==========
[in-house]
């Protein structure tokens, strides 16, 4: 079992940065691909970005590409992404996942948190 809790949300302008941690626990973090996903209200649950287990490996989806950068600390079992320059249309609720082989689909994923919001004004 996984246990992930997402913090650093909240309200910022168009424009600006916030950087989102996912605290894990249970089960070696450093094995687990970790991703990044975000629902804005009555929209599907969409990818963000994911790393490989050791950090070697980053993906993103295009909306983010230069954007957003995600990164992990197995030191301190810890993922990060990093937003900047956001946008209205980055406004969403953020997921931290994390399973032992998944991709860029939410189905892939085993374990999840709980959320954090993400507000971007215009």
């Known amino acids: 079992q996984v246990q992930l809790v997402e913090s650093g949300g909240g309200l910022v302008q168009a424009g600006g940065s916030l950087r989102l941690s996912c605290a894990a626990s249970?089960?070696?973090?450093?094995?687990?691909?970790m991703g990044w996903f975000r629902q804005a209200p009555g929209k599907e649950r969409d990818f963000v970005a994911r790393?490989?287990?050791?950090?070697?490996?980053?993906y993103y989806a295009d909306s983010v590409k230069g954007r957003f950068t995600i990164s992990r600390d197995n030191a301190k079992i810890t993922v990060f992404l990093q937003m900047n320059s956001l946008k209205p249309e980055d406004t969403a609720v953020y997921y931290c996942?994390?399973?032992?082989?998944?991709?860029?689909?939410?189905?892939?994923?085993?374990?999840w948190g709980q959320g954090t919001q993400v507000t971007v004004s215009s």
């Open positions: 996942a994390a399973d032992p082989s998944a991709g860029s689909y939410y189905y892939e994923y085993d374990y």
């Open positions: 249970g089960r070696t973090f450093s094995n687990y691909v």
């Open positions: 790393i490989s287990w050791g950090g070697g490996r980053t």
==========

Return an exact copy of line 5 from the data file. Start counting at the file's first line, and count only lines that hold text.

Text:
């Open positions: 249970g089960r070696t973090f450093s094995n687990y691909v």